I’m going to prepare my family, too. I’m going to re-up my first-aid and CPR certifications (which aren’t particularly lapsed, by the way), and I hope The Wife will come with me (hint, hint). I’m going to work with The Wife to make a disaster plan for our family for everything from local “inconveniences” to major regional disaster. We’ll put together a comprehensive, compact first-aid kit for the house, and a crash kit for each car.

And that’s a pretty decent start, I think. What will you do?

Bridge collapse

I assume most of you have heard by now, but a major bridge in Minneapolis collapsed yesterday evening. Everyone in our family is OK, but my Mom had a close-ish call. She drives under that bridge twice a day on her way to and from work. Last night, she stayed late to finish some things, and as she was leaving, emergency vehicles were pouring into the area, and her usual route was blocked off. If she had been five minutes faster, who knows what would have happened? At any rate, if you have friends and/or family in the Twin Cities, give them a shout (not on their cell phones; the network is overloaded as it is) and let them know they are in your thoughts.

Cat Down

I guess it’s about that time; Vaca’s bladder is getting less controlled by the day and while he still seems to be in good spirits, he has bed sores and is spreading urine all over the floor of the two rooms he’s confined to.

I’ve left a message for our Vet friend Dan to come over and put the Handi-cat down. I’m just waiting to hear back about when it’ll happen.

I hope I’ll get to make the injections.

City Mouse, Country Mouse

But we’re all mice, no matter how you cut it

Note: This is a longish post. You were warned

I immensely enjoy reading Mark Morford’s column for the San Francisco Gate-Chronicle. He’s funny, smart, and right on. Most of the time.

In his latest column, though, (link above), he writes about wanting to flee the city to somewhere beautiful and peaceful and small-towney and get some property there and do the Urban Dweller Two-Step that goes like this: Get in the city, work; Get out of the city, relax. Have the best of both worlds, neverminding that:

  1. It’s hard enough to have the best of one world
  2. It’s remarkably easy to destroy the thing that brought you out of your living room in the first place; one foot in wrong spot in the forest, one Starbucks in a small town, and the delicate blossom in ground into the mud
  3. (Forgive me for stating the idealic and obvious, but…) If no one commuted, there’d be no traffic jams

Feeling that the odds of Mark reading my blog were pretty small, I felt I oughtta send him my thoughts, as per his request at the end of his blog. So I did.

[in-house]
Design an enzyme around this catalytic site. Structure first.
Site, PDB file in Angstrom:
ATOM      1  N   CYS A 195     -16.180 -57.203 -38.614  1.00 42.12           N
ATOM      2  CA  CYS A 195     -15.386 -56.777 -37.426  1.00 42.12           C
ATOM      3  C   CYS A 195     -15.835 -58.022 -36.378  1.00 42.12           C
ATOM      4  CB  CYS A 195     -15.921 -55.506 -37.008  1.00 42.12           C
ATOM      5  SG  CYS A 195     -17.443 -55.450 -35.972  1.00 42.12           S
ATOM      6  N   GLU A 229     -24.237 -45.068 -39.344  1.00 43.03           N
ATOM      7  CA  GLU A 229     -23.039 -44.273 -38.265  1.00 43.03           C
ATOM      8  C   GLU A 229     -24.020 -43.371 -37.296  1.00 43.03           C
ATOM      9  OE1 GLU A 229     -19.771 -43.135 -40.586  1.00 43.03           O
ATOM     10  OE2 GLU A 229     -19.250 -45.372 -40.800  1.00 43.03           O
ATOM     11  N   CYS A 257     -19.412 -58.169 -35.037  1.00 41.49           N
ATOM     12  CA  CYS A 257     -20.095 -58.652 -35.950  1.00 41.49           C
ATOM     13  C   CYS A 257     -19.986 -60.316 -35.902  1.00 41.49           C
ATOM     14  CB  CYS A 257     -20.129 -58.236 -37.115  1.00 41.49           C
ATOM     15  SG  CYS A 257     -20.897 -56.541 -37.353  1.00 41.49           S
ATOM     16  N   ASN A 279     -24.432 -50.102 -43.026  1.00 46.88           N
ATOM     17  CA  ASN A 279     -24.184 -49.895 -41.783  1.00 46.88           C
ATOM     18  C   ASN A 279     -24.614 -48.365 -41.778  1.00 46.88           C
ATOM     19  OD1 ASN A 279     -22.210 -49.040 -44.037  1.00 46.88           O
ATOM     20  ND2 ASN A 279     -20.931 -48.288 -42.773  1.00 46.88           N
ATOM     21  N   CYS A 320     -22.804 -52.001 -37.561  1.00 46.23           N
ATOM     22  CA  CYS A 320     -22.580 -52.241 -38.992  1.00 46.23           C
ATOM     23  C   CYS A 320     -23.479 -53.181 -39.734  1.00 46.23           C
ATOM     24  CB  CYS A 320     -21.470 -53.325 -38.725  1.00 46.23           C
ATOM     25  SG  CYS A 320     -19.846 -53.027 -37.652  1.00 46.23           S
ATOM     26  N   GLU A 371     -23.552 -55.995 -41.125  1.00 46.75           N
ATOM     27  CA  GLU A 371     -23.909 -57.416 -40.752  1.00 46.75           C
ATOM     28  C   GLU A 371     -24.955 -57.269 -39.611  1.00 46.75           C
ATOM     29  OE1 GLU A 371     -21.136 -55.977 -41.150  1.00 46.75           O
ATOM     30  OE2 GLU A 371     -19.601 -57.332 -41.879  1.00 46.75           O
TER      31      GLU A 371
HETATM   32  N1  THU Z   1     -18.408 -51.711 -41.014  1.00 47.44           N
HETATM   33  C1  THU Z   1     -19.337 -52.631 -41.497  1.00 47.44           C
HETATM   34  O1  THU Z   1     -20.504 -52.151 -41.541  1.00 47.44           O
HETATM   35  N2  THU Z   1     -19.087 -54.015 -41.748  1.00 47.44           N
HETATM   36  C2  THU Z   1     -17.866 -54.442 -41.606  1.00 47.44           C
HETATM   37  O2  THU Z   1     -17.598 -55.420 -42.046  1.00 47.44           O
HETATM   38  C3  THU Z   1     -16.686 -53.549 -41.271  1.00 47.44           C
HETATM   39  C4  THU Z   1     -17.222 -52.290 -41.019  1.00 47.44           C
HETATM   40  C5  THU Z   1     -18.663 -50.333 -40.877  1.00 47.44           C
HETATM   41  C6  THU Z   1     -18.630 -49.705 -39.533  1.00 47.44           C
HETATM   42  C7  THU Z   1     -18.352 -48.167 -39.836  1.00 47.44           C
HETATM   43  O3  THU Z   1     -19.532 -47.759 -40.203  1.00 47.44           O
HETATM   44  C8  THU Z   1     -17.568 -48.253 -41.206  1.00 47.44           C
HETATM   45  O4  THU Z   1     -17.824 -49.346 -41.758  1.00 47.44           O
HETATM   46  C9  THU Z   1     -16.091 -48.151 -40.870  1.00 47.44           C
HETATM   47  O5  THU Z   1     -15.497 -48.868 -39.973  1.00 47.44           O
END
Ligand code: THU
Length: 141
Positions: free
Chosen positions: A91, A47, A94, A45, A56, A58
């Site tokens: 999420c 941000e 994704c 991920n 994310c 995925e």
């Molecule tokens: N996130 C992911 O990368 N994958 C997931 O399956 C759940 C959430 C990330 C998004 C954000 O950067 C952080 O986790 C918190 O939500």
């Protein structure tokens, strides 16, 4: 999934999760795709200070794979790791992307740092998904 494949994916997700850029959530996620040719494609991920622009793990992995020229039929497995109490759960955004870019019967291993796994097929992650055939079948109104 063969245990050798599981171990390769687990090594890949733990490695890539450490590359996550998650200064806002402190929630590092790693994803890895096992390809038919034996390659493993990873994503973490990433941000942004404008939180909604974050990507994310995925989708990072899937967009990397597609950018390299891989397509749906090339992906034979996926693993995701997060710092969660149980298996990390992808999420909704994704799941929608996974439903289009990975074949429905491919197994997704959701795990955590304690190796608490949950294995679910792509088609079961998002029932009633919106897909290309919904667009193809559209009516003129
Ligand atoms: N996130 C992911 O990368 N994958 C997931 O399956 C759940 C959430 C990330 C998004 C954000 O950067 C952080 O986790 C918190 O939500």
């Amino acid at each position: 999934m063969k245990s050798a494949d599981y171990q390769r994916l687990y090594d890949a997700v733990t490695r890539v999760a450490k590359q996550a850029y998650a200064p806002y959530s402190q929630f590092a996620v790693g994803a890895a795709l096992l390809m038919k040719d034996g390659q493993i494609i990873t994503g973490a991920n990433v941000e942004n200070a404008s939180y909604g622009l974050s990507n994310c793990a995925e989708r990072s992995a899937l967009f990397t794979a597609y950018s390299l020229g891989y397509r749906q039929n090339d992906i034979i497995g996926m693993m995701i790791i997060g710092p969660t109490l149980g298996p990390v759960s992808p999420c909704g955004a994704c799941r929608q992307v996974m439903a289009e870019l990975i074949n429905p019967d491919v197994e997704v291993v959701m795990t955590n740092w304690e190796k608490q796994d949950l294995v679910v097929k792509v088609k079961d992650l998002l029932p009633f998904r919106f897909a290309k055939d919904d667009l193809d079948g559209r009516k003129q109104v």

The First Letter

Hiya Mark,

Sorry to hear about your car. I hope you got to take it spiraling up
the coast at least once before it’s unfortunate interaction with the
mid-80s behemoth.

So, anyway, about getting out: Now, don’t take this the wrong way, but
come, visit, relax, enjoy, then get the hell out. Unless you’re
planning to stay.

Here’s why: I live way *way* up north on the south shore of Lake
Superior in a seventy-year-old brick school house that my wife and I
heat entirely with wood. We have a pond and a small garden and dogs
and chickens and cats and a beautiful little boy, though not always in
that order.

My commute to work is thirty minutes, along the shore of the lake,
then through the edges of the murky, beautiful boreal forest. The
roads all have two lanes. I might see a hundred different cars on my
way to work, and about a third of those belong to people I at least
recognize. When traffic is backed up, it’s because the school bus has
stopped to pick up the neighbor kids.

Our friends the organic farmers, the giant-puppeteers, the musicians,
the chefs, the house builders, the horse-loggers, and the
whatever-they-are-this-week get together for food, cards and
smack-talking on a regular basis. We make meals out of what we grow,
what we forage, and a few things from the local food coop.

At least, this is the way it is in the winter, when the stars beat
down through the crystaline air and shimmer in the dim white world,
when folks go fishing through holes in the ice, and when the absolute
icy calm of the night will both freeze the inside of your nose and
keep out the riff-raff.

In the summer, things are different. The roads are clogged with boats
on trailers behind behemoth campers, cars and many more trucks with
out-of-state plates. The easy-to-find beaches are swarmed with people
in ugly bathing suits and zinc on their noses. The restaurants are
filled with sunburned people in shock at eating out for ten bucks a
plate and asking their waitress how to pronounce “Chequamegon.” And
this is all good and as it should be. It’s great when other folks want
to come play in my back yard because it’s beautiful and realitively